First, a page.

For those of you that have heard of simular incidents, I'm interested in knowing what the tool type was, and why the incident occured. I'm just hoping to learn from mistakes from the past to prevent injuries of the future.

          I'm not opposed to twist valve type controls, I just have heard 4 incidents involving the same tool. Coincidence or PROBLEM??

          PLAY SAFE!!!

          Comment


          • #6
            Well. It kind of sounds like some stupid actions have been taking place. For one if you buy AMKUS equipment chances are you have shut offs on the pump to the tools you select. So before you try carrying something maybe you should turn it off at the pump. Carry it closed, then it will only be able to open? Sounds like a simple solution. I don't think this is any falt on the equipment itself but lack of training with the equipment. When you get something new like that you get a couple of cars and cut them up and use the old ones at scenes just practice with the new ones until you feel comfortable.

            I feel the same way with FAST teams. That we must try to solve things at the route of the problem, not the result of lack of training.
            Firefighter/EMT Mitch Cowen
            Hose Co. 1 1st Lieutenant
            Randolph Fire Co. Inc

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            • #7
              [quote]AND NEVER,EVER PUT YOUR HANDS IN THE BLADE AREA <hr></blockquote><br />I thought we were all smarter than this.

              I've been an Amkus user for quite a while and the only danger I've seen from the twist grip control is when the tool moves and pins the hand on the control against something. I have seen an inexperienced operator get his fingers wedged against the dash so hard he couldn't reverse the twist grip to get himself loose. Newbies have to be shown to anticipate how the tool is going to react and develop a healthy respect for what it can do for you and to you.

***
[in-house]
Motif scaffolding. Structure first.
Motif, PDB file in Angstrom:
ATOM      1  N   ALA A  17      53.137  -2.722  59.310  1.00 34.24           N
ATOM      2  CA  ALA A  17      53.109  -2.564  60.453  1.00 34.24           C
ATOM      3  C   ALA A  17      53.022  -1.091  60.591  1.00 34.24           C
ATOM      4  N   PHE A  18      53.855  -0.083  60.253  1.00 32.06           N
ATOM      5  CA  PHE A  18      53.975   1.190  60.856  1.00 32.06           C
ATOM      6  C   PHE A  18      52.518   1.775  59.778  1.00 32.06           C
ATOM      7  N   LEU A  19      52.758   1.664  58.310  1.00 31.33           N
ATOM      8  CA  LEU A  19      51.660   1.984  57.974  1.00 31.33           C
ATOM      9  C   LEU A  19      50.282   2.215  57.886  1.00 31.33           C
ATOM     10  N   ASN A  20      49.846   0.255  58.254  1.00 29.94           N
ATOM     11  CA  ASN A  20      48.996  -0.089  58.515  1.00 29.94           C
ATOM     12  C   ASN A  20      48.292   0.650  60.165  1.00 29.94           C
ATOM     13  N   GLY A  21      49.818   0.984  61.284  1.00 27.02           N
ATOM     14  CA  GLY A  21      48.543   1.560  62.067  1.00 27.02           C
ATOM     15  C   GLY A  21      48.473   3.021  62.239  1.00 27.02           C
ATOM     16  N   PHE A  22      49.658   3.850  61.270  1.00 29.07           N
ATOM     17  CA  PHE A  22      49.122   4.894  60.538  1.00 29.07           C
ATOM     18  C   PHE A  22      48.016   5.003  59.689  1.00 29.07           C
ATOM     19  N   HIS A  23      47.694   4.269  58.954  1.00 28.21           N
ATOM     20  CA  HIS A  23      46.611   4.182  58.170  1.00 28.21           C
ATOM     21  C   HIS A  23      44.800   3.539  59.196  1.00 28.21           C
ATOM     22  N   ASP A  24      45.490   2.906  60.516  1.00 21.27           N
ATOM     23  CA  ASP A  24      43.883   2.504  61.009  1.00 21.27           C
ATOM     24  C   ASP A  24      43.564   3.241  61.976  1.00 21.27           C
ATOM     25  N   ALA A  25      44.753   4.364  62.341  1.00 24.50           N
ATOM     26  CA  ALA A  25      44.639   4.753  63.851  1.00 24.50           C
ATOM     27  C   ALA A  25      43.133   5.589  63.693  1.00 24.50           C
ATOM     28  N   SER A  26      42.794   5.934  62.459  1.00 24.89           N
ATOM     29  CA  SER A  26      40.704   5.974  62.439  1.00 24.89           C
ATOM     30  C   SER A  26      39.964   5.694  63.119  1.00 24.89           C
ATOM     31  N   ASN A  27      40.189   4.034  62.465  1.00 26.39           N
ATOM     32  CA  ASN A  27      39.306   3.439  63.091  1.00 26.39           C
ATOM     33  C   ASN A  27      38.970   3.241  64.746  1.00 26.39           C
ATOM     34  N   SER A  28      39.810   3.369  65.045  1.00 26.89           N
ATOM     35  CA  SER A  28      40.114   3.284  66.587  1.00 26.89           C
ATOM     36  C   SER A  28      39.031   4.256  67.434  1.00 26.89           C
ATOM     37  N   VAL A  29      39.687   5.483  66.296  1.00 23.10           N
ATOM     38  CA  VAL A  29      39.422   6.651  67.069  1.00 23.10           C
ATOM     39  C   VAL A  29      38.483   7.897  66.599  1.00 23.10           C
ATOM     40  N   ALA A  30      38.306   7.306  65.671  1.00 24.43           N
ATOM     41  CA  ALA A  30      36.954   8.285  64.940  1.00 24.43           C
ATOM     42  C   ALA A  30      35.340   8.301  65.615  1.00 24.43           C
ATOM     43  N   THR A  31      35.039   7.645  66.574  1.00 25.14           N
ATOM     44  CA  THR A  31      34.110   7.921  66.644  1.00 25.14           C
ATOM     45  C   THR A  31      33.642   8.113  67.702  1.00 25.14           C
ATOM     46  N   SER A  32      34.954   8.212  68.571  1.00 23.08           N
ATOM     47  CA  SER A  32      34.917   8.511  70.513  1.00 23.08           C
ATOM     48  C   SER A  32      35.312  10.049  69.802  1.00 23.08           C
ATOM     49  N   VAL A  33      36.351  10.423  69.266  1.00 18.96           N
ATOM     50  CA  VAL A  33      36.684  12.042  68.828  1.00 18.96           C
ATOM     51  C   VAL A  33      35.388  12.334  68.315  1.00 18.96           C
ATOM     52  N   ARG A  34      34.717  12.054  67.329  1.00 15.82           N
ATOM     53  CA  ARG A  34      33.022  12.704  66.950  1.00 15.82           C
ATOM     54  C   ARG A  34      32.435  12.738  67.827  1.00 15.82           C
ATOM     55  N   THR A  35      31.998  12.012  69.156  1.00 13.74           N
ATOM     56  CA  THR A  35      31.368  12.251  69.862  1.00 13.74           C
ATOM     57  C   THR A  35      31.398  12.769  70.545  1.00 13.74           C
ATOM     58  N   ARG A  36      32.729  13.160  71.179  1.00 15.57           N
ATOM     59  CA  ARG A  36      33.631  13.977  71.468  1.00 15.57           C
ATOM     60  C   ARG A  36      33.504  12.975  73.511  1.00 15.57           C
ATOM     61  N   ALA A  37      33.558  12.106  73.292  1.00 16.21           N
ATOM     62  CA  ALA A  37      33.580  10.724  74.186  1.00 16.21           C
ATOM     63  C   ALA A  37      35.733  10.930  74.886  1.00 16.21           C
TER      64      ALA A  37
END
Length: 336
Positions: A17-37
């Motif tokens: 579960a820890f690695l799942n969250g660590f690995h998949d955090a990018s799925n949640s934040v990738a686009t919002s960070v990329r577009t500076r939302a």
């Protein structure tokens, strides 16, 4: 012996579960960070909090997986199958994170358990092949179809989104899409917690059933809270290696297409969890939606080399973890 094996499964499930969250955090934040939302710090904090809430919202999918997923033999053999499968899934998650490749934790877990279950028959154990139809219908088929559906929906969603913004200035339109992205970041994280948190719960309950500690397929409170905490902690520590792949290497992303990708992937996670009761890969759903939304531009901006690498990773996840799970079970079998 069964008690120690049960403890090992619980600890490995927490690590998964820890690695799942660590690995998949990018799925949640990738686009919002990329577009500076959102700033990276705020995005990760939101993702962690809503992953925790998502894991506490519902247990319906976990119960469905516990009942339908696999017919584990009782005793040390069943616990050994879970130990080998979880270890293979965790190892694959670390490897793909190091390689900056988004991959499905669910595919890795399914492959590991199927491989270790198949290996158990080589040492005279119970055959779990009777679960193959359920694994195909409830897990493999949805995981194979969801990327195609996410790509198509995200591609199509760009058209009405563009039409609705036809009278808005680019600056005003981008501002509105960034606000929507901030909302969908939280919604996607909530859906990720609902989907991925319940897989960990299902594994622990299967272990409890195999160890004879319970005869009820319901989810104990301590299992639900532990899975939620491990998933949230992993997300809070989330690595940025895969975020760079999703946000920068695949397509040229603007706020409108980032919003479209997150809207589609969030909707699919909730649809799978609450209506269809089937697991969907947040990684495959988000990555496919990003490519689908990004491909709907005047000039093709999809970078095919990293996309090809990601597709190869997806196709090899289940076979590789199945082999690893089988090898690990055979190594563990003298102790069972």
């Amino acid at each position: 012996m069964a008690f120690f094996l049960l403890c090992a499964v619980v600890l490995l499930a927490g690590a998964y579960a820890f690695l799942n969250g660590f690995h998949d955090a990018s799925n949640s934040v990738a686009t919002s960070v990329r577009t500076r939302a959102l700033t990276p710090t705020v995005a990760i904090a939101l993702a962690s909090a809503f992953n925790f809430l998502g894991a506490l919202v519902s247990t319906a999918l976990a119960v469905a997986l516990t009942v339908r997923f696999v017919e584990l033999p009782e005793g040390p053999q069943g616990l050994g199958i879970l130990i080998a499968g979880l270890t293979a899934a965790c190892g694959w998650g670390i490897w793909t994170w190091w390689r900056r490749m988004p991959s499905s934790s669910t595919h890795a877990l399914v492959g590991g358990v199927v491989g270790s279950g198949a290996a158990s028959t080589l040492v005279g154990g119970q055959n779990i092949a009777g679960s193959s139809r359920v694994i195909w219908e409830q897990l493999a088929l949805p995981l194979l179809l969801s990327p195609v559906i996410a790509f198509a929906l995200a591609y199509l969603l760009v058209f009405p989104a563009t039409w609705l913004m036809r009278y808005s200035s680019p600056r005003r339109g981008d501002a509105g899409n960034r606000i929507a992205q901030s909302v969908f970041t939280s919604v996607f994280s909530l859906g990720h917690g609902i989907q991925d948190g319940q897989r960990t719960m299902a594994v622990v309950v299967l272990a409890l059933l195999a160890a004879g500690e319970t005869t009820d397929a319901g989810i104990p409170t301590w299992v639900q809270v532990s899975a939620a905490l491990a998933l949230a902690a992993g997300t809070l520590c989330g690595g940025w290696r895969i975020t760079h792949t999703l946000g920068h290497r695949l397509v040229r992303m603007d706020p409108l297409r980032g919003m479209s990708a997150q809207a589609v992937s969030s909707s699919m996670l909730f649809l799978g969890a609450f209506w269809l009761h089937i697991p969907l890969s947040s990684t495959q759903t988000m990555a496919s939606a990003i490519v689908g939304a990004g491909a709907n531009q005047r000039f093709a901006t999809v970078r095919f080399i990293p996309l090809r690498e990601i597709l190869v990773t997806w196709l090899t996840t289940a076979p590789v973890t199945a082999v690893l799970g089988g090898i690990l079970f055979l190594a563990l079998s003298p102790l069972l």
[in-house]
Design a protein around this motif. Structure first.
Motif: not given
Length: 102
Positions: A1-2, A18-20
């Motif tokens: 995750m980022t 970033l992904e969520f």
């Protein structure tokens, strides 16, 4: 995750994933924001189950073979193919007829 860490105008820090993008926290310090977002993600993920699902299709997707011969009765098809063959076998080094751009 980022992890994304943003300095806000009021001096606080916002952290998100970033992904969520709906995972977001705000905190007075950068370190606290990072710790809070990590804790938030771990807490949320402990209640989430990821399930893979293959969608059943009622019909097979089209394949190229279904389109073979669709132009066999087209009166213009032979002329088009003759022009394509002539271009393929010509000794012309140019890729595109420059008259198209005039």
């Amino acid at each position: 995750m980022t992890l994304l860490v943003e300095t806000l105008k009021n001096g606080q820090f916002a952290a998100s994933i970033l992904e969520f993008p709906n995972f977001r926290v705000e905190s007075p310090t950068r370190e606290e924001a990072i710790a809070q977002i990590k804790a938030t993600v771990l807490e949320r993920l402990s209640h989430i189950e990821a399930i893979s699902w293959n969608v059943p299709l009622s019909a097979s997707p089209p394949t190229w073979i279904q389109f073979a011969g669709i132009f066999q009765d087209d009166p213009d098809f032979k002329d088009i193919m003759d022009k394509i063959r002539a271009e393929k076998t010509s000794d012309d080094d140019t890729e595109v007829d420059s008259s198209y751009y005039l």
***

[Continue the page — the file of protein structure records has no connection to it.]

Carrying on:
_________DILLIGAF

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              • #8
                Correct me if I'm wrong, but isn't a D-handle an option for these cutter bodies? I know we had one at one point, but it was changed over to a simple handle that projects perpendicular to the cutter body. Supposedly this was the "incorrect" handle for cutters. We currently have the D-handle on our model C-15 combitool

                Anyone know anything more about Amkus D-handles?
                God Bless America!Remember all have given some, but some have given all.
                Google Is Your Friend™Helpful forum tip - a "must see" if you're new here
                Click this to search FH Forums!

                Comment


                • #9
                  First of all let's wish the MD firefighter a speedy recovery, and a rapid return to work. WLynch hit the nail right on the head. KEEP YOUR HANDS, FINGERS, FEET, WHATEVER, AWAY FROM THE BLADES. The control valve is a dead-man control valve. Let go and it returns to neutral. You can carry the tool by the control valve by simply sliding your hand back to the (Non-Rotating)base of the valve. JAS claims that the twist grip is the problem. NOT SO. Training is the answer. Several tools on the market have the same style of control valve, and without the proper training they probably could create the same hazard. Ten8-Ten19 talked about the inexperienced operator trapping his fingers in the dash with the control valve. Inexperienced operator, or Inexperienced trainer? Try placing the control valve towards the exterior of the car, then if or when it twists, it can't trap your fingers. When cutting the top of a "B" post, invert the cutter, so if it does twist, you don't trap your fingers. Just some helpful ideas. I've used the AMKUS tools for 14 years now, and I have to agree with all of you. Training and Experience is the key. Know your tools. Be Safe.

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                  • #10
                    Squadman... You have more experience using the tools than I do but I still think that most of the time it is not convenient to invert the cutter. It just doesn't feel right. I know, neither does a crushed finger. The key thing I try to get across to new people is to be aware the tool's gonna move and you better be ready for it.

                    Thanks for your suggestions and I'll keep them in mind.

                    [ 01-26-2002: Message edited by: Ten8_Ten19 ]</p>
                    _________DILLIGAF